[Adult autoimmune thrombocytopenia: diagnosis and treatment].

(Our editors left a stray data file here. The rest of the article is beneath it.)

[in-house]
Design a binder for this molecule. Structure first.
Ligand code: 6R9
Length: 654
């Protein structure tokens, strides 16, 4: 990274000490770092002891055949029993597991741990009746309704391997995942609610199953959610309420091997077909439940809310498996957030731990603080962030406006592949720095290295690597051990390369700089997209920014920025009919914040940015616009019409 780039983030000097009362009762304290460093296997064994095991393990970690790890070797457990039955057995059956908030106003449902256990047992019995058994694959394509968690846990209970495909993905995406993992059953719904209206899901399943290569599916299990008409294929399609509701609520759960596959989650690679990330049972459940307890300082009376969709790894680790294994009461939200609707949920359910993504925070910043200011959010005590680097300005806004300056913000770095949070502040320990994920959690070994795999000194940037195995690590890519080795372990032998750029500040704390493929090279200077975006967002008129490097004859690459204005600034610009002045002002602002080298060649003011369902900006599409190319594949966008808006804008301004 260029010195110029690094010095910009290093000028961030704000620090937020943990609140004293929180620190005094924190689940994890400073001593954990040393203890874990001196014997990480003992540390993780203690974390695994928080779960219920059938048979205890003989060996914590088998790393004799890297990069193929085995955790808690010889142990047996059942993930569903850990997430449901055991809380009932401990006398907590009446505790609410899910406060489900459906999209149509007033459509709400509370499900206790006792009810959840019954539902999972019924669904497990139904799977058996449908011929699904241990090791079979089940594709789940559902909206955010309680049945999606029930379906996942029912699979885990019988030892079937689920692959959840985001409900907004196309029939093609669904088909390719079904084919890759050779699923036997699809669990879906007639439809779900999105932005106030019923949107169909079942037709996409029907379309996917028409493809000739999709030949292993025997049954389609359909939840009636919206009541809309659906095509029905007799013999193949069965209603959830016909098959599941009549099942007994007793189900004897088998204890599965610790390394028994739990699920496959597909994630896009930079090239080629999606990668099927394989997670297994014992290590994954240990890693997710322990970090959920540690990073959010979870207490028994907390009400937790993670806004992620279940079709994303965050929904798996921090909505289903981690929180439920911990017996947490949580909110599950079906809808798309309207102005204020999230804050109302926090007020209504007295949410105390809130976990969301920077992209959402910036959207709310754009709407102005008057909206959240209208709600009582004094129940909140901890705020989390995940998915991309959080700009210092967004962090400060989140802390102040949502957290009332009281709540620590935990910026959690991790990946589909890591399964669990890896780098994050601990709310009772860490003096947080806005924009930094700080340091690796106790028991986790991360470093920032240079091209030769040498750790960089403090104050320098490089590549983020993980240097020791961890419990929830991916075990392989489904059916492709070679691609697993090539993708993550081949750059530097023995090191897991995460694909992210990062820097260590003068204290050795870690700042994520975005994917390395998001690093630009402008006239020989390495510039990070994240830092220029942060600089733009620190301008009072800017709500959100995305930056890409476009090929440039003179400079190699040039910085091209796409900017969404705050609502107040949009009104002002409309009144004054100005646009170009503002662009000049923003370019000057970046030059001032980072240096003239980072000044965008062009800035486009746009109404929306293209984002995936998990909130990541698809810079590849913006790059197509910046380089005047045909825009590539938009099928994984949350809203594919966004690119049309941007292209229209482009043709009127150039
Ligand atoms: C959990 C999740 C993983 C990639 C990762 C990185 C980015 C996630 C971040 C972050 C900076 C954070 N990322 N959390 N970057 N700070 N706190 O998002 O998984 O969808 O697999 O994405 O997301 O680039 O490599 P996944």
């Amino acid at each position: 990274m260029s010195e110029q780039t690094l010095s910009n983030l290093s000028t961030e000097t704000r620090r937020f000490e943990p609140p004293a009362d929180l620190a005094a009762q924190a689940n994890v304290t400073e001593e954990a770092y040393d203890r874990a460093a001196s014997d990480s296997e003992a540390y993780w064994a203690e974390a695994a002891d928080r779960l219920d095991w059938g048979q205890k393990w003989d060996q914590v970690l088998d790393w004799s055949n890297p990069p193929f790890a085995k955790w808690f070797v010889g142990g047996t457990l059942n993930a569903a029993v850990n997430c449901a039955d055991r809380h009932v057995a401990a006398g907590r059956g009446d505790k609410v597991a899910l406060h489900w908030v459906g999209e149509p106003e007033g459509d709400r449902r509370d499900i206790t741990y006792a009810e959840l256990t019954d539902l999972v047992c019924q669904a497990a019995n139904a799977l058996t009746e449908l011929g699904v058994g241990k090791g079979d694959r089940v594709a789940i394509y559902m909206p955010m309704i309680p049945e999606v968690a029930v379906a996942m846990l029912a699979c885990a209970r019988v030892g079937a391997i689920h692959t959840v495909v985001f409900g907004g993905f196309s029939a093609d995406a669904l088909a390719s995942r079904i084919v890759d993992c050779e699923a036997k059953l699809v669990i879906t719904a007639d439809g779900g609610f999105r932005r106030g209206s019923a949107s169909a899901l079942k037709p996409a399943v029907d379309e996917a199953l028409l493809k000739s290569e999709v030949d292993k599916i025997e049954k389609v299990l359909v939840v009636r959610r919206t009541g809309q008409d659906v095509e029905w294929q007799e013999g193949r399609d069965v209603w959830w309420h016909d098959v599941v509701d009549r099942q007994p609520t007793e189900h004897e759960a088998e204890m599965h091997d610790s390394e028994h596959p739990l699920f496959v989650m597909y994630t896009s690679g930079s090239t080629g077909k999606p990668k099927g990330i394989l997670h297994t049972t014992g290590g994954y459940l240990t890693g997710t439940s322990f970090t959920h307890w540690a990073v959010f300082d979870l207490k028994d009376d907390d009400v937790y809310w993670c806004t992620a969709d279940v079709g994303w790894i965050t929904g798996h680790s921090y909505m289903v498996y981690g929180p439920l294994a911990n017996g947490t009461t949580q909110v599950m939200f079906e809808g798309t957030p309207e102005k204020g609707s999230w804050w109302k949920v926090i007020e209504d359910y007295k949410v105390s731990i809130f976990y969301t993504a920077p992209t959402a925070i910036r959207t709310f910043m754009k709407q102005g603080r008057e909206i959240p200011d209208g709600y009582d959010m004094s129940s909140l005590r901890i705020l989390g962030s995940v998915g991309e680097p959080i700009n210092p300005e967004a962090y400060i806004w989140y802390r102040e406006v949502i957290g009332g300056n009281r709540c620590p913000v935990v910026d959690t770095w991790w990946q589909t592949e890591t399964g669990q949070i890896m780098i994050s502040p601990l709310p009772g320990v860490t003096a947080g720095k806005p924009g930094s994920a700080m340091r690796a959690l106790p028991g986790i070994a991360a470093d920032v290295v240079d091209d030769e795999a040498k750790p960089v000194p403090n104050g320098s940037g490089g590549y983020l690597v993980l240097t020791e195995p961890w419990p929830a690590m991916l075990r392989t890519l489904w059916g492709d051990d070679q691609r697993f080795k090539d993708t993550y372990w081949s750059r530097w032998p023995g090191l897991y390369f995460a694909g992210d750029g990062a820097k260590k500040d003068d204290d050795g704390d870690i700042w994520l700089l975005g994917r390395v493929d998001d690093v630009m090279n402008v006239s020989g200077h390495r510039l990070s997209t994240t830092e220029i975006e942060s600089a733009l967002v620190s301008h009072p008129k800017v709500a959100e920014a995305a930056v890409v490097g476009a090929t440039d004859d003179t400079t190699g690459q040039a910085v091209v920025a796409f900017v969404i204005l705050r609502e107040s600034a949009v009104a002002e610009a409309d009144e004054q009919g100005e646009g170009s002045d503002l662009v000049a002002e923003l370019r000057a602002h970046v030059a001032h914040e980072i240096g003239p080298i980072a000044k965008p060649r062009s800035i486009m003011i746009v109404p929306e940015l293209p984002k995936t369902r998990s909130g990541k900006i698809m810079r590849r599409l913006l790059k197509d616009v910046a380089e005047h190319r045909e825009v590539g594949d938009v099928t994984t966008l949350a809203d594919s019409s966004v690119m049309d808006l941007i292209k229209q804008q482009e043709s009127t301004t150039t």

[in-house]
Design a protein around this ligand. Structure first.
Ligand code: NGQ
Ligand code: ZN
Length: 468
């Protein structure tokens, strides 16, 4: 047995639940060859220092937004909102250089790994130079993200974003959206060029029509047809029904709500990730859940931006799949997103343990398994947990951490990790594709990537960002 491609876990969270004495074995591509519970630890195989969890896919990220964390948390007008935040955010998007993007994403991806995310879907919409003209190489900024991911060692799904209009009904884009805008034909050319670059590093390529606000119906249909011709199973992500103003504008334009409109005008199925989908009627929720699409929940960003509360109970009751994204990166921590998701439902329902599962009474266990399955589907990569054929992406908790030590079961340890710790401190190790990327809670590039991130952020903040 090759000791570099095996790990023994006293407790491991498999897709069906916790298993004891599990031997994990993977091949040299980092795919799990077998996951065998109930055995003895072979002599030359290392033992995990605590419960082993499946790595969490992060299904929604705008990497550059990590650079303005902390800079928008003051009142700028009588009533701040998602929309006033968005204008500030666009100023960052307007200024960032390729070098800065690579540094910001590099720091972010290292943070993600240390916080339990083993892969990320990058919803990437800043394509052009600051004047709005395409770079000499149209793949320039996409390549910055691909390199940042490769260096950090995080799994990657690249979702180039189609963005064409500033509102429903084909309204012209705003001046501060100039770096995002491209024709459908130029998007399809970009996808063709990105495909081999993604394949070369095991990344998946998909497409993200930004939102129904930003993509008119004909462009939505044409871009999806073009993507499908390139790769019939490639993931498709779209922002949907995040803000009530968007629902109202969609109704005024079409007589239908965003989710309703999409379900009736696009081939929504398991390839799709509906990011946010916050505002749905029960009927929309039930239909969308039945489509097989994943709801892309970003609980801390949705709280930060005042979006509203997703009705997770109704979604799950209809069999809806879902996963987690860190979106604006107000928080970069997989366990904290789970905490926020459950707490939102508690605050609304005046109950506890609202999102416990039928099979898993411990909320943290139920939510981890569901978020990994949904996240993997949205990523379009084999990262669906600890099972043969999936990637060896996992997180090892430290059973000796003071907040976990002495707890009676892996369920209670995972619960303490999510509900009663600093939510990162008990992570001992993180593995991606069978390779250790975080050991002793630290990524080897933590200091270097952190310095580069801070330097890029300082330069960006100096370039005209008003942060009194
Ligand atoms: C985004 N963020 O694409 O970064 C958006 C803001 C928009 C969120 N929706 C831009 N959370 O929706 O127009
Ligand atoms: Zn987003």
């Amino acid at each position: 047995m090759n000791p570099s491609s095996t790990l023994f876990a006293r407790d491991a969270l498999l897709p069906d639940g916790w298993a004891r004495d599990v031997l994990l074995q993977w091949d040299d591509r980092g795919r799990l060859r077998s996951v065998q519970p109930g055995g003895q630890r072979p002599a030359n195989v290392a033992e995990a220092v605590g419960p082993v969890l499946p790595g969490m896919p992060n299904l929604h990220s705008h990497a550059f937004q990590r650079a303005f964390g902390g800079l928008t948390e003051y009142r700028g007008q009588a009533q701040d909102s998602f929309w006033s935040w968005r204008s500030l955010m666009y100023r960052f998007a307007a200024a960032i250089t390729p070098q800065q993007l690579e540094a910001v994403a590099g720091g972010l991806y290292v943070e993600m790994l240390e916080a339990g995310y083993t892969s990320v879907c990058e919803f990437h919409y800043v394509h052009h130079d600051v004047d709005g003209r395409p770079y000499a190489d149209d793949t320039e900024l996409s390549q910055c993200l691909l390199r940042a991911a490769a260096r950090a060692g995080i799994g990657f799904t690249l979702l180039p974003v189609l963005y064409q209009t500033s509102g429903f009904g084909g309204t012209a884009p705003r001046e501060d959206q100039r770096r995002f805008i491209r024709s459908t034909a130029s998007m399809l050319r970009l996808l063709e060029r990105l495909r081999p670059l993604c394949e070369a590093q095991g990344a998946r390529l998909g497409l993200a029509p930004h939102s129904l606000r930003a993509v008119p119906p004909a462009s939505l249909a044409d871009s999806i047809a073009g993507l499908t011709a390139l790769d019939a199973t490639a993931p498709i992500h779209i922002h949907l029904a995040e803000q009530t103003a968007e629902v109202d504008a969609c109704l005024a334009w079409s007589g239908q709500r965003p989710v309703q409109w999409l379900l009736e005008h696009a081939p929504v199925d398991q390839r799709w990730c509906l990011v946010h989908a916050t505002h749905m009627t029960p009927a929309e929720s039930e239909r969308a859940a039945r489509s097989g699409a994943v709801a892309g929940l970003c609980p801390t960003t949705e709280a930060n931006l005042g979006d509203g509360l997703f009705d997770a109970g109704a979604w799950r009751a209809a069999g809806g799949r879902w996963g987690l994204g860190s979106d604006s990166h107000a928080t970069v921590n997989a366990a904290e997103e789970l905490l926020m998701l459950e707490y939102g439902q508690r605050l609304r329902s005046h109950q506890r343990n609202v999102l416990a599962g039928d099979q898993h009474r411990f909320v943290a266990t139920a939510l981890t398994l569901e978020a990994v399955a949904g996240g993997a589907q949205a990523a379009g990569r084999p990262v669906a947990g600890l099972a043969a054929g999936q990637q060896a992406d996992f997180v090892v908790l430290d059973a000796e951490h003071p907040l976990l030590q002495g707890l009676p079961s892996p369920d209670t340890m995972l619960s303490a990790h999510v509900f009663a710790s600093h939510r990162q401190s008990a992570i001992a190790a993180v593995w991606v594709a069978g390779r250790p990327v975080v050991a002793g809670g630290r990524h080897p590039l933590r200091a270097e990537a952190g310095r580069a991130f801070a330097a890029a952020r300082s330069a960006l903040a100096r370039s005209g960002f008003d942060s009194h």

ABSTRACT The incidence of AITP is 20-30/million/year. The diagnosis is based on the finding of an isolated thrombocytopenia without other blood abnormalities and absence of a palpable spleen. Additional tests such as bone marrow examination, determination of platelet antibodies and of thrombopoetin are required only in special cases. The usual first line therapy in patients with bleeding tendency and a low platelet count is prednisolone at a dose of 1 mg/kg/day. Patients who have platelet counts of less than 20,000/microl 3-6 months after steroid therapy are candidates for splenectomy, in particular if more than 0.1 mg/kg/day prednisolone is required to keep the patient free of bleedings. Laparoscopic splenectomy has a low mortality (0.2%) and morbidity (10%). The risk of post-splenectomy overwhelming pneumococcal septicaemia can be minimized by preoperative vaccination. Older patients, who have low platelet counts after splenectomy, have a high bleeding risk. The most effective treatment options for these patients are cyclophosphamide, azathioprine and rituximab, but the choice of treatment should be carefully considered, since the risk of adverse effects may be greater than the risk of fatal bleeding.